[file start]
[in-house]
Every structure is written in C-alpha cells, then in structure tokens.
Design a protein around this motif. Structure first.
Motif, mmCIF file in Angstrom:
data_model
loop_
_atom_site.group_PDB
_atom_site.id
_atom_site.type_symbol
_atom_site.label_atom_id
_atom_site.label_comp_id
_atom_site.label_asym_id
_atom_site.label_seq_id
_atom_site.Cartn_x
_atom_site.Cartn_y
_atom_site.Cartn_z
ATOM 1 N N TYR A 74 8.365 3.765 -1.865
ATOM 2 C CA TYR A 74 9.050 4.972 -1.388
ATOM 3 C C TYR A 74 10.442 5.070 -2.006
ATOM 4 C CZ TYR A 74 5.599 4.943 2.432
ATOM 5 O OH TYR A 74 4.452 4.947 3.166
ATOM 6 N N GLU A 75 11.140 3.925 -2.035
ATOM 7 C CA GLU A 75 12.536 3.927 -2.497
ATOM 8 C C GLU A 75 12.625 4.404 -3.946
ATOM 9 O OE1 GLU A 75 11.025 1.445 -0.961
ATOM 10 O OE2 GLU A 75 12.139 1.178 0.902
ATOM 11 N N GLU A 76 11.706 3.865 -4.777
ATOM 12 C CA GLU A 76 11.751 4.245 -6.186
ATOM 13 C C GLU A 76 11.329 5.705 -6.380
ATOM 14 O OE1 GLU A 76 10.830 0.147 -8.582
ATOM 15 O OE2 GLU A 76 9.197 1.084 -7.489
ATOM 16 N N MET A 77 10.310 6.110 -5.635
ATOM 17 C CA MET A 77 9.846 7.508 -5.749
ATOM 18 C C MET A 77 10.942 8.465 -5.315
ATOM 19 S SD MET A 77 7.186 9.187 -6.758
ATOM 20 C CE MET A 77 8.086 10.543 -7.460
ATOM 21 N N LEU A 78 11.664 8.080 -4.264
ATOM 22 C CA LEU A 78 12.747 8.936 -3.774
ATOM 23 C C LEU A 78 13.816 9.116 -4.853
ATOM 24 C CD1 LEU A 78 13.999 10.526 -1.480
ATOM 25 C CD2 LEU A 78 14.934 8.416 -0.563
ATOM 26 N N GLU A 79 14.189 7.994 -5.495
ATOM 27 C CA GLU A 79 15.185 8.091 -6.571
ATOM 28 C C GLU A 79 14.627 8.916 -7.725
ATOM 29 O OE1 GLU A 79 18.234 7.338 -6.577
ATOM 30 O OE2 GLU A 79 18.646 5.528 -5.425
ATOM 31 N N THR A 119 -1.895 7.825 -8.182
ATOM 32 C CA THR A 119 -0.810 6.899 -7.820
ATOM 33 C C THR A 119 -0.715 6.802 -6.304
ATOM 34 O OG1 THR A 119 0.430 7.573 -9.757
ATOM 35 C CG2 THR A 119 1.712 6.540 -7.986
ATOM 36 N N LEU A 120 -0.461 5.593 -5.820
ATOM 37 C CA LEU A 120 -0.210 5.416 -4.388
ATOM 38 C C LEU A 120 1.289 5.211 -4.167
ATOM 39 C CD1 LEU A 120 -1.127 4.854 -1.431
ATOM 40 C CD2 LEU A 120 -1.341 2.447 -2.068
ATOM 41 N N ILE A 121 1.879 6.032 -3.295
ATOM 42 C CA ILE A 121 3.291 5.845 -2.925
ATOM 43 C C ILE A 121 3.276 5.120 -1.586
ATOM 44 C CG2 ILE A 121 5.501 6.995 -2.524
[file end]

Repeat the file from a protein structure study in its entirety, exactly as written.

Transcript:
[in-house]
Every structure is written in C-alpha cells, then in structure tokens.
Design a protein around this motif. Structure first.
Motif, mmCIF file in Angstrom:
data_model
loop_
_atom_site.group_PDB
_atom_site.id
_atom_site.type_symbol
_atom_site.label_atom_id
_atom_site.label_comp_id
_atom_site.label_asym_id
_atom_site.label_seq_id
_atom_site.Cartn_x
_atom_site.Cartn_y
_atom_site.Cartn_z
ATOM 1 N N TYR A 74 8.365 3.765 -1.865
ATOM 2 C CA TYR A 74 9.050 4.972 -1.388
ATOM 3 C C TYR A 74 10.442 5.070 -2.006
ATOM 4 C CZ TYR A 74 5.599 4.943 2.432
ATOM 5 O OH TYR A 74 4.452 4.947 3.166
ATOM 6 N N GLU A 75 11.140 3.925 -2.035
ATOM 7 C CA GLU A 75 12.536 3.927 -2.497
ATOM 8 C C GLU A 75 12.625 4.404 -3.946
ATOM 9 O OE1 GLU A 75 11.025 1.445 -0.961
ATOM 10 O OE2 GLU A 75 12.139 1.178 0.902
ATOM 11 N N GLU A 76 11.706 3.865 -4.777
ATOM 12 C CA GLU A 76 11.751 4.245 -6.186
ATOM 13 C C GLU A 76 11.329 5.705 -6.380
ATOM 14 O OE1 GLU A 76 10.830 0.147 -8.582
ATOM 15 O OE2 GLU A 76 9.197 1.084 -7.489
ATOM 16 N N MET A 77 10.310 6.110 -5.635
ATOM 17 C CA MET A 77 9.846 7.508 -5.749
ATOM 18 C C MET A 77 10.942 8.465 -5.315
ATOM 19 S SD MET A 77 7.186 9.187 -6.758
ATOM 20 C CE MET A 77 8.086 10.543 -7.460
ATOM 21 N N LEU A 78 11.664 8.080 -4.264
ATOM 22 C CA LEU A 78 12.747 8.936 -3.774
ATOM 23 C C LEU A 78 13.816 9.116 -4.853
ATOM 24 C CD1 LEU A 78 13.999 10.526 -1.480
ATOM 25 C CD2 LEU A 78 14.934 8.416 -0.563
ATOM 26 N N GLU A 79 14.189 7.994 -5.495
ATOM 27 C CA GLU A 79 15.185 8.091 -6.571
ATOM 28 C C GLU A 79 14.627 8.916 -7.725
ATOM 29 O OE1 GLU A 79 18.234 7.338 -6.577
ATOM 30 O OE2 GLU A 79 18.646 5.528 -5.425
ATOM 31 N N THR A 119 -1.895 7.825 -8.182
ATOM 32 C CA THR A 119 -0.810 6.899 -7.820
ATOM 33 C C THR A 119 -0.715 6.802 -6.304
ATOM 34 O OG1 THR A 119 0.430 7.573 -9.757
ATOM 35 C CG2 THR A 119 1.712 6.540 -7.986
ATOM 36 N N LEU A 120 -0.461 5.593 -5.820
ATOM 37 C CA LEU A 120 -0.210 5.416 -4.388
ATOM 38 C C LEU A 120 1.289 5.211 -4.167
ATOM 39 C CD1 LEU A 120 -1.127 4.854 -1.431
ATOM 40 C CD2 LEU A 120 -1.341 2.447 -2.068
ATOM 41 N N ILE A 121 1.879 6.032 -3.295
ATOM 42 C CA ILE A 121 3.291 5.845 -2.925
ATOM 43 C C ILE A 121 3.276 5.120 -1.586
ATOM 44 C CG2 ILE A 121 5.501 6.995 -2.524